This release also features a bunch of bug fixes, a couple of which would cause the debugger display to not work under certain circumstances. As always, the change log and commit log have all the details on the release.

Toolchain and Gitcrement

Posted on April 4, 2009 at 20:54 UTC, filed under the category Uncategorized. Tags: Gitcrement, software, Toolchain, tools,

I’ve posted today a git repository called Toolchain. This is a collection of scripts that I use that others may find helpful. You can find the repository here. In this post, I’m going to talk about one of the items in Toolchain called Gitcrement.

Gitcrement is a set of two scripts that solves the problem of creating build numbers when using git for source control. Unlike Subversion, where the repository revision is the perfect choice for a build number, git has no such luxury because it uses SHA1 hashes for identifiers.

This is where Gitcrement comes in. Gitcrement is a simple interface to a database that contains a sequential ID number (the build number), a username, the current date/time, and a git SHA1 hash.

The has four commands: init, next, list, and current.

To create a new Gitcrement database, go into any git repository root and type “gitcrement init“, which will create a new database file called .gitcrement.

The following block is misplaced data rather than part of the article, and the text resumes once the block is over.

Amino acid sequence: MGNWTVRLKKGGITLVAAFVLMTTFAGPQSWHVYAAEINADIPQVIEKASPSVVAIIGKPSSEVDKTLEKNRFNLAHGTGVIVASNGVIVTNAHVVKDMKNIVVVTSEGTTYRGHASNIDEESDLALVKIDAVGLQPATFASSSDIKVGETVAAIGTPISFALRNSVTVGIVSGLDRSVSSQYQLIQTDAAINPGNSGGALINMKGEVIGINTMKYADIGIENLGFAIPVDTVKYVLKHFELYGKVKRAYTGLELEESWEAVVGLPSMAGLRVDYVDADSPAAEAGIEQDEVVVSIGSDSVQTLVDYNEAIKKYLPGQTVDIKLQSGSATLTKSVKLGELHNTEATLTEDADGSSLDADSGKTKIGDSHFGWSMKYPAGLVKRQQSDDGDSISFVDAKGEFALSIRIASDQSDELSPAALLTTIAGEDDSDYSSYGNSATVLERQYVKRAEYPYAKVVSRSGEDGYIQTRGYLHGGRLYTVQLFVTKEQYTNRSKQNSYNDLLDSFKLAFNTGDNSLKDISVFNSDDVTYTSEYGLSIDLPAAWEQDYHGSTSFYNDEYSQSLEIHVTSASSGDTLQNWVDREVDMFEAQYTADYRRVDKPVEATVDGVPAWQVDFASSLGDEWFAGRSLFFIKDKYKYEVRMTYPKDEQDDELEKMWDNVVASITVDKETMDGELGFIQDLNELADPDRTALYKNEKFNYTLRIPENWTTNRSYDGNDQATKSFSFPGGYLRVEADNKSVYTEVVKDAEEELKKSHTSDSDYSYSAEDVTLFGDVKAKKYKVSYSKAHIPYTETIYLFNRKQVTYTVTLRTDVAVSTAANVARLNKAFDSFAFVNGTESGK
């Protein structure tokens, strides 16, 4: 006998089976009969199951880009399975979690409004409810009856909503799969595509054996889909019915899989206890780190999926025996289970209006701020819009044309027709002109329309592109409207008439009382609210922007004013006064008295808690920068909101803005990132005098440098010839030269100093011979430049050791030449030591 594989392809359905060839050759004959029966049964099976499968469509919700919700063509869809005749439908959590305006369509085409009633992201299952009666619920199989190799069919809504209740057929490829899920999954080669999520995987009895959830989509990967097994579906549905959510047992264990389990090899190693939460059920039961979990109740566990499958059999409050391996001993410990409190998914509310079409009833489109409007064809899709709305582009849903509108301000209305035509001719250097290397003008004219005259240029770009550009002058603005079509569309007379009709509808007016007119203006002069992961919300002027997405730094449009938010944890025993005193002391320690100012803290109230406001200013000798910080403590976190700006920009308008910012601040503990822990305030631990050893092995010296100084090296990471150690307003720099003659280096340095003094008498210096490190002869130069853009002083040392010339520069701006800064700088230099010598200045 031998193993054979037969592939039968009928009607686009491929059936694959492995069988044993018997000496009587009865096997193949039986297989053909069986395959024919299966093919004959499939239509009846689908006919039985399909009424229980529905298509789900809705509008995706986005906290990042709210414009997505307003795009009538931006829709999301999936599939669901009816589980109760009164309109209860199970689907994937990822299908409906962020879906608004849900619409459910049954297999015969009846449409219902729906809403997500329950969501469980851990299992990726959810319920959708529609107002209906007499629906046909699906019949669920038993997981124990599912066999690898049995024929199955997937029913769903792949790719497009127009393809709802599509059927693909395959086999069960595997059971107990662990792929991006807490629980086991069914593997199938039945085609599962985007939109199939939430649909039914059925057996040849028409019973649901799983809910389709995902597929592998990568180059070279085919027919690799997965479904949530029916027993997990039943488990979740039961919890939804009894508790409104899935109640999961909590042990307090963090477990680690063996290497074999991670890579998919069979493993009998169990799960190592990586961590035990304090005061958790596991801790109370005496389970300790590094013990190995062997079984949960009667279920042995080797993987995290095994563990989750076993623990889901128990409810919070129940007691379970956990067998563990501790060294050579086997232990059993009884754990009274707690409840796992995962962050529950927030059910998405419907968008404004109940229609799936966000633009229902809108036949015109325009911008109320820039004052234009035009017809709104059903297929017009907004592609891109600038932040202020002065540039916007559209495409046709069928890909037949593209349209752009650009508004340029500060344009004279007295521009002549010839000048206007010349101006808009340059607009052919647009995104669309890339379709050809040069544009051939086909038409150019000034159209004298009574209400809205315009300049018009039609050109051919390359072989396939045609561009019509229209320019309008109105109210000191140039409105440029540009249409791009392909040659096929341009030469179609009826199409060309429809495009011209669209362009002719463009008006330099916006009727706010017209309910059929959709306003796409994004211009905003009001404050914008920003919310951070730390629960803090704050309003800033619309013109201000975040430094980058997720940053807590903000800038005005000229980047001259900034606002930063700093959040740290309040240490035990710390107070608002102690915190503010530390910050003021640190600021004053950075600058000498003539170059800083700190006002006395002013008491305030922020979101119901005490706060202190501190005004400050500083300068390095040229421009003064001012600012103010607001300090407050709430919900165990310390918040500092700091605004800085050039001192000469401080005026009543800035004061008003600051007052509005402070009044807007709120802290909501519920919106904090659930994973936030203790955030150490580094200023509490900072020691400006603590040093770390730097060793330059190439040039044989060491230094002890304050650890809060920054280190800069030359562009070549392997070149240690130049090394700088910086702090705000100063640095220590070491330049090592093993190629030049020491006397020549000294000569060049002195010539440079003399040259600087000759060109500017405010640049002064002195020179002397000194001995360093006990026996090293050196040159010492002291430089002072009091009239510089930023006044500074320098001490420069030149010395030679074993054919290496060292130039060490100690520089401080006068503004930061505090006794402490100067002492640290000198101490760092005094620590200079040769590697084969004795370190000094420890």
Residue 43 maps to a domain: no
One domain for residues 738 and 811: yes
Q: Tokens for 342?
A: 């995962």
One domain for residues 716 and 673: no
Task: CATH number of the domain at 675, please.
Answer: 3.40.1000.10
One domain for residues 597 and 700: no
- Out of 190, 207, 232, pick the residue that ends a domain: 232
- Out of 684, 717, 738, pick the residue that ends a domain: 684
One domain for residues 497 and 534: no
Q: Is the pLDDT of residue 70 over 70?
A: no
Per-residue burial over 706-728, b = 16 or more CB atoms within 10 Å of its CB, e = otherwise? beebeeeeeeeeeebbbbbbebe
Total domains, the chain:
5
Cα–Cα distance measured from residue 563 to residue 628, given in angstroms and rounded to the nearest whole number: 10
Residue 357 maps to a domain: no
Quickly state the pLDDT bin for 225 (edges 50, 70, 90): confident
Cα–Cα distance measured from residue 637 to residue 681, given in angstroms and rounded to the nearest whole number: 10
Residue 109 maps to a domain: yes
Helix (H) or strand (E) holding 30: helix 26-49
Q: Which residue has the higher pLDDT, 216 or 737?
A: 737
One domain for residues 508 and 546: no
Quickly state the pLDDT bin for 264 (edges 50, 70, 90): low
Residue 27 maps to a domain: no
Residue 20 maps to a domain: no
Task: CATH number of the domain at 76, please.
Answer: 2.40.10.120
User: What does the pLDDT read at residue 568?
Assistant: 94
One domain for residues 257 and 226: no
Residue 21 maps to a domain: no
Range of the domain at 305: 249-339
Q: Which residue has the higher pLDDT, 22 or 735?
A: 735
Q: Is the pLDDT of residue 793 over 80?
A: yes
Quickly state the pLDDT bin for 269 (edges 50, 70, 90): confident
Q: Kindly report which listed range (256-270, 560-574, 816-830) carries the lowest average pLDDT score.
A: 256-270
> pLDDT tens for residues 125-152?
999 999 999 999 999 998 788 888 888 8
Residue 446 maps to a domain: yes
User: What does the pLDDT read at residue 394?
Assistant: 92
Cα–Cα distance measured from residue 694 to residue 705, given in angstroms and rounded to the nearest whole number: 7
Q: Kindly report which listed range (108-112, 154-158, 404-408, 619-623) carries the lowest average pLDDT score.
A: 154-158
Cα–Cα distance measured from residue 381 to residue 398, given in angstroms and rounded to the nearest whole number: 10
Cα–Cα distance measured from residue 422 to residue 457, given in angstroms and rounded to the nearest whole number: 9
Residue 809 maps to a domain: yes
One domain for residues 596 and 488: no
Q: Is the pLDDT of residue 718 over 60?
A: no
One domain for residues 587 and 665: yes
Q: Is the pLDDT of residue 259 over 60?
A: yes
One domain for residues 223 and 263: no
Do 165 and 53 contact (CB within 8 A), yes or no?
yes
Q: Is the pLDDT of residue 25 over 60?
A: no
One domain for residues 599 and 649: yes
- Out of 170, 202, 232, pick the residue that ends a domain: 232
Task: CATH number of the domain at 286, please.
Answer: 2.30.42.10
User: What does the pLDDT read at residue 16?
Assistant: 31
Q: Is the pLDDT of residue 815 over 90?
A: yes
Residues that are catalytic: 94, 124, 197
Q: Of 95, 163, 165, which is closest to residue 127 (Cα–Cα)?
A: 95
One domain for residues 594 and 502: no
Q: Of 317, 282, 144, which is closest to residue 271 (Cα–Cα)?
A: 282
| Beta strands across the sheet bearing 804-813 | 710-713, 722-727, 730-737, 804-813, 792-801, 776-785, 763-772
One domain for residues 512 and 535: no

When you want to create a new build number, simply type “gitcrement next” to record the current user (`whoami`), date and time, and whatever SHA1 hash `git info .` would reveal.

To see the current build number type “gitcrement current” and to get a list of all the build numbers type “gitcrement list“.

That’s all there is to it. To make this system useful, however, it needs a script that can be run in Xcode to automatically call “next” and save the value as CFBundleVersion in Info.plist. So, there’s another Python script called, which you can use as a Custom Shell Script Build Phase. This will advance the Gitcrement number every time you build the “Release” target in Xcode.

Gitcrement requires Python 3.0, which is not installed by default in Leopard. You can find it here or through MacPorts or fink.

Also, you may need to edit the installation paths in the tops of both files to point to where your copy of “git” is (in and where you install the “gitcrement” script (in

You can download Gitcrement here:

Link in Gitweb

Source TGZ

Why Go Open Source?

Posted on December 29, 2008 at 19:47 UTC, filed under the category Uncategorized. Tags: open source, software,